Monday, July 27, 2009

Scotts Peak

Saturday morning I decided to forgo a long run and sleep in. After the Speedgoat 50K last week, I felt pretty blah, and due to repeat sleep in sessions and crazy evenings, I only got out running twice. A great loop up Porter fork and down Bowman's and a lackluster 5 miles on the treadmill while watching Baby Einstein with my kids. I guess my body was telling me to rest, and I was happy to oblige.

Saturday we planned on going for a hike and in thinking of a place to head with the kids, decided to drive up Guardsmans Pass and then hike up Sleepy Hollow and Puke Hill to the Wasatch Crest. In my efforts to get out and run, I find myself forgetting to stop and enjoy all that the mountains and trails of the Wasatch have to offer. With three kids in tow, I was forced to slow down and enjoy it all, and there was so much to enjoy!

I'd never seen so many chipmunks on the trail before, and believe me, we stopped and chased every single one of them. I forgot how many sticks(light sabers and "shooters") a 5 and 2 year old can hold at one time, and how many rocks can fit in a pocket. And heaven forbid that one of the light sabers gets dropped! The flowers were as abundant and bright as ever and the air was cool and fresh. I also re-discovered that when the hill gets steep, saying that running up hills is good Jedi training is much more effective on 5 year olds than saying "we're almost there, just a few more steps", etc. After seeing that Sam was doing his Jedi training, Andrew even asked to get out of the backpack to train-for about 30 seconds.
Once on the crest, we downed a can of Pringles-the best chips ever made- and enjoyed the view. I couldn't help but think of the countless times I'd run through this section of the Crest trail, and all the fun I've had. As I was looking west towards Scotts Peak I thought forward about 6 weeks to the Wasatch 100. It sure would be nice to be able to run this section of the race while it is still light out, and enjoy the sights I saw on Saturday, but what is the chance of that? Not likely. The more realistic thought was, how much suffering will be going on at this point? How many people will be looking forward to the Scotts Peak aid station, or struggling just to make it there? Sometimes the thought of a warm cup of soup and an encouraging word or two is all that is needed to keep putting one foot in front of the other, and can stave off those thoughts of despair that are so prevelant during the night. Will I be suffering? Will that despair have hit me yet? Most likely.

Then I'll only have to think back to the Jedi training put in on a Saturday afternoon, pick up a stick or two and it's off to Brighton.

What a great day it was, and Scotts Peak, I'll see you in 6 weeks.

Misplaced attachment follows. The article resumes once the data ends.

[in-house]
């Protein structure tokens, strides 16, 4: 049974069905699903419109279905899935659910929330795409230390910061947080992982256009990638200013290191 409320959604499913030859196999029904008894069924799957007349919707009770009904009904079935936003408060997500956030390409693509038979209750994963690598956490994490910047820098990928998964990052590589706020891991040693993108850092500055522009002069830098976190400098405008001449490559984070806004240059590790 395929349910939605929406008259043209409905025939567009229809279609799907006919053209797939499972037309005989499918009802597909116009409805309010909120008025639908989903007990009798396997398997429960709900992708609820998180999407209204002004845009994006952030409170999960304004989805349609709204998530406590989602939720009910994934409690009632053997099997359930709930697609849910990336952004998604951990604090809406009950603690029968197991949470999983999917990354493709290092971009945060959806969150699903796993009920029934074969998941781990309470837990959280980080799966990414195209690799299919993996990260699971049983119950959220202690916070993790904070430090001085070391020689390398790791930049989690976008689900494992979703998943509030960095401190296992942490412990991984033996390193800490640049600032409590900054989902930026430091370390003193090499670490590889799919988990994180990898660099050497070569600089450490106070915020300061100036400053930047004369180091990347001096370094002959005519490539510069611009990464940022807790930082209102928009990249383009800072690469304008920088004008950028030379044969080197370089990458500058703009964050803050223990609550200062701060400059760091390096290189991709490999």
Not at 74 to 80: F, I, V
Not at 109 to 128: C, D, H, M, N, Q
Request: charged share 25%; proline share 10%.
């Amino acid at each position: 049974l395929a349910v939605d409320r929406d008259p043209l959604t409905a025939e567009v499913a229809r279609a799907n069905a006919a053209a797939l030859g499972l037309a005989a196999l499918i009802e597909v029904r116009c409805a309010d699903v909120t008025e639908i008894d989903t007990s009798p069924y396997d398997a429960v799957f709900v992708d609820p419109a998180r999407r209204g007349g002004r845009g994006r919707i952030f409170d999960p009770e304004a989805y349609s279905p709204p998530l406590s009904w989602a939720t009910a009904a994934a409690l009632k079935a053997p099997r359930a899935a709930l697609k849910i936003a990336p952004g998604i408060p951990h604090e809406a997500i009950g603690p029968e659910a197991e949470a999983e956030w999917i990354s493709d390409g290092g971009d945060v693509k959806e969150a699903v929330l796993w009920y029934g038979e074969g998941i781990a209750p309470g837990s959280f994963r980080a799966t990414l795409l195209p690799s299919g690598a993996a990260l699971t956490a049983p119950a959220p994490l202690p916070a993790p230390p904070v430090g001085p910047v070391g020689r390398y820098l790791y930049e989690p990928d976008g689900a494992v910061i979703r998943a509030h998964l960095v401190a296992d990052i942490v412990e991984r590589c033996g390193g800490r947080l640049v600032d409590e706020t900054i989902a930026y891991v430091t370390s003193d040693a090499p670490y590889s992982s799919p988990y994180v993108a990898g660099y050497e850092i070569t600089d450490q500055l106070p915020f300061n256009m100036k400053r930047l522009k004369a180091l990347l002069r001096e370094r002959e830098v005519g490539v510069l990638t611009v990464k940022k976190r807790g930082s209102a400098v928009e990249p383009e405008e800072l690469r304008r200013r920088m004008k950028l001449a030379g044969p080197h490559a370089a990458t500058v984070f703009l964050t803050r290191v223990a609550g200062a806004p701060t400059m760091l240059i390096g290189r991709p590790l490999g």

Wednesday, July 15, 2009

Hardrock Pictures

The morning that Hardrock ended, Peter and I headed up the Ice Lake trail to Island Lake and Grant Swamp Pass. I thought I would share a little sample of San Juans.

Monday, July 13, 2009

Hardrock the easy way

Heading down to Silverton I always knew it was possible that I wouldn't get in, but definitely thought the odds were in my favor going the other way. After the race check in on Thursday I had moved up from #6 to #2 on the waitlist. Everybody showed up this year, go figure. But wait, there's still one last chance. On race morning everyone is required to sign in between 5 and 5:45am, should two people not show up for some reason (it's happened in the past) then I would be in. Friday morning I woke up and prepared as if I would be running 100 miles in the San Juans. Peter came with me to wait nervously in the gym, several people around us knew the situation I was in and kept their fingers crossed for me. I must have looked at my watch every 30 seconds in those twenty minutes that I sat there. Then at 5:45am the RD stood up on a chair and loudly called out two names, names of runners that had not checked in. I jumped up and tore my jacket off as everyone around me told me "this is it, you're in". Then two "absent-minded" runners remembered they had forgot to check in and no one got off the "list".

I was a little sad, but I had a not-so-bad backup plan, pacing Scott Jaime from Ouray to Tellride. Scott is a very accomplished ultra-runner and an old friend of mine, so I was honored that he would have me along on one of his goal races for the year. Scott ran a tremondous race completing the course in 27:47 putting him in 4th place, his race report covers all the details so I won't bother giving you the blow by blow. Nor will I share the experience I had getting over Virginius Pass, some things you just have to see or do to believe.